Each of the 11 treatments were randomly assigned to an 25 x 40-ft plot in each of the four replicated blocks. The cover crop plots were planted in early May and all species were planted at a common depth of 0.25 – 0.75 inches. All treatment plots were seeded at the same seeding rate of 11 plants per ft2 to eliminate biasing biomass in favor of plant species with higher grain seeding rates. The subsequent year, following cover crop treatments, wheat was grown to assess a cash crop response to the different cover crop treatments. Wheat was seeded in rows perpendicular to the cover crop rows. Nitrogen fertilizer was applied to the wheat crop at three different rates, 0 lbs-N-ac-1, 54 lbs-N-ac-1, and 108 lbs-N-ac-1. The study began in 2012 with the first round of cover crop treatments and has followed this rotation since.
Cover crop plots were terminated with glyphosate in early July after approximately 60 days of growth. 24 hours after the cover crops were terminated the above ground biomass was sampled. Four transects were taken in each treatment plot, one transect from the high N, one from the low N and two from the medium N sections. Plants were cut at the soil surface (the root bulb of turnip was cut at the soil surface), separated by functional groups, and dried for 72 hr at 122°F. The dried plants were then weighed, ground to pass a 2-mm sieve, and will be analyzed with a LECO combustion analyzer for carbon and nitrogen.
Soil samples will be taken in early April 2019 at the time of wheat planting (about 10 months after cover crops were terminated). The soil measurements will be taken at this time to measure what will be available or present in the soil for the wheat (or cash crop). Biological, chemical, and physical soil measurements will be taken. The soil water measurement were also taken at the time of cover crop termination. All measurements will be taken at the middle nitrogen fertilization rate (54 lbs-N-ac-1), unless otherwise stated. The fallow, sole pea, and full mix, treatment groups will be measured at all three fertilization rates.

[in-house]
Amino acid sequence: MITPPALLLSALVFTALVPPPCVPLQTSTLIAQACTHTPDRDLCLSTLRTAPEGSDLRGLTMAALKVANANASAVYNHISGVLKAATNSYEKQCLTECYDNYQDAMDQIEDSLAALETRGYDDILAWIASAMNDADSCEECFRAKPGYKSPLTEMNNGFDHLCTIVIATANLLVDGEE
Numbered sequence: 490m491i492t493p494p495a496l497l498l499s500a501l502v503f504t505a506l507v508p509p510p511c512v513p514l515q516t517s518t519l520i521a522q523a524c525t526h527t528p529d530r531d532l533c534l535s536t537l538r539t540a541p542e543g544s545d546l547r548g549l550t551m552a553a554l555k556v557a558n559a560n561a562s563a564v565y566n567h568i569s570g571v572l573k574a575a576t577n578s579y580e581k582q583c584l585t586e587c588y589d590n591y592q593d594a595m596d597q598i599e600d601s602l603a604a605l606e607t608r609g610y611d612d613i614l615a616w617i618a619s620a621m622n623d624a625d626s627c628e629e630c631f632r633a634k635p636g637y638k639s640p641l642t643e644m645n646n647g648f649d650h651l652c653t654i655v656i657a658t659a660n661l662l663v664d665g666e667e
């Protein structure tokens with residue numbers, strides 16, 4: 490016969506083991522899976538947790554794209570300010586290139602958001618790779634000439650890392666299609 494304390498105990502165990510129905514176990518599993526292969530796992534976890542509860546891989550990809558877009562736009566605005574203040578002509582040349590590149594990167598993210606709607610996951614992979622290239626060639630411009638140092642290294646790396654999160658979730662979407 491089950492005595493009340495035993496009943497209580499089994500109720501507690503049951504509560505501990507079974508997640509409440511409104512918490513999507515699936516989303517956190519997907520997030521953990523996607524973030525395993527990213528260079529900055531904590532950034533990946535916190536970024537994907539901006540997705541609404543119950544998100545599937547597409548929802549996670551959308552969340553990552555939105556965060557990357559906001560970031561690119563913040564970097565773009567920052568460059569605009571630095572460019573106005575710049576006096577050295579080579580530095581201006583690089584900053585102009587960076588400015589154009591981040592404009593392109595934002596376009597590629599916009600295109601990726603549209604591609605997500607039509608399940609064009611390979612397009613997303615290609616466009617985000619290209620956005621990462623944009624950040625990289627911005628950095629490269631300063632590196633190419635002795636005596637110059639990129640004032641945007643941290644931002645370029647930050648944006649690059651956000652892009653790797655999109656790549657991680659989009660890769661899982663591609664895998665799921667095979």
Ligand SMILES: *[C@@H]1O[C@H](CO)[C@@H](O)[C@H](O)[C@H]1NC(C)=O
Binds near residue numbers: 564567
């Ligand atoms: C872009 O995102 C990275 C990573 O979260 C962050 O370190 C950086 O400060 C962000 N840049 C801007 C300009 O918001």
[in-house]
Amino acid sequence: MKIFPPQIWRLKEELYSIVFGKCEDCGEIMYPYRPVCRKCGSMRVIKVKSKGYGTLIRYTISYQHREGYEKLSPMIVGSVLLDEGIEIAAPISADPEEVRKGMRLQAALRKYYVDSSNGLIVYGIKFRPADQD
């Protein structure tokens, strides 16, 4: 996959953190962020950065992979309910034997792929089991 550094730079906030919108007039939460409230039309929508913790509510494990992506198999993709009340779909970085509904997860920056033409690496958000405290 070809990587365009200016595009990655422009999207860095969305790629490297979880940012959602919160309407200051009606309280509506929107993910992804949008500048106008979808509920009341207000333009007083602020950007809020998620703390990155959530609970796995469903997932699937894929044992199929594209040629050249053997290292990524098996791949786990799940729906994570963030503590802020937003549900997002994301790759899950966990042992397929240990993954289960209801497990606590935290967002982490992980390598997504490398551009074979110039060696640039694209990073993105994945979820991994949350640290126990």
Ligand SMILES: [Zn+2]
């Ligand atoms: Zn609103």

Potentially mineralizable nitrogen (PMN) will be analyzed by calculating the difference between plant available nitrogen at the time of soil collection and after an incubation period, measured on a Lachat auto analyzer. Six composite samples will be taken in each treatment plot and put through a 2 mm sieve. Six flasks will receive 5 g of soil, three of which will be analyzed immediately using a 2 M KCl extraction and analyzed using a Lachat auto analyzer. The additional three flasks will be pumped with N2 gas to create anoxic conditions and kept in a dark incubator at 86°F for 14 days. These samples will then be analyzed using the same KCl extraction method and Lachat. Enzyme analyses will be performed on all treatments at the 54 lbs-N-ac-1 fertilization rate and at all three nitrogen fertilization rates for the fallow, pea, and full mix treatments. Mycorrhizal infectivity potential (MIP) will be measured only on fallow, sole pea, and full mix and the brassica/ minus brassica treatments (because brassicas does not have a mycorrhizal association), using the gridline intersection method on a compound microscope.
Soil water was measured to a 36 in depth using the gravimetric weight loss method at the time of cover crop termination in July and will be measured again at time of wheat seeding in early April. Four depth increments were measured: 0-4 in, 4-12 in, 12-24 in, and 24-36 in and two composite samples were collected for each treatment. Soil bulk density was calculated for all four depths as well. Prior to spring wheat planting, water infiltration will be measured for the big three treatments (fallow, sole pea, and full mix) at the middle N rate only, using double-ring infiltrometers. Soil penetration resistance measurements will be taken within (or in close proximity to) the infiltrometer ring 24-48 hours after infiltration measurements were taken, using a hand-held static cone penetrometer. Soil penetration was measured in this way because consistent soil moisture is important to accurately compare soil compaction when using a hand-held static cone penetrometer.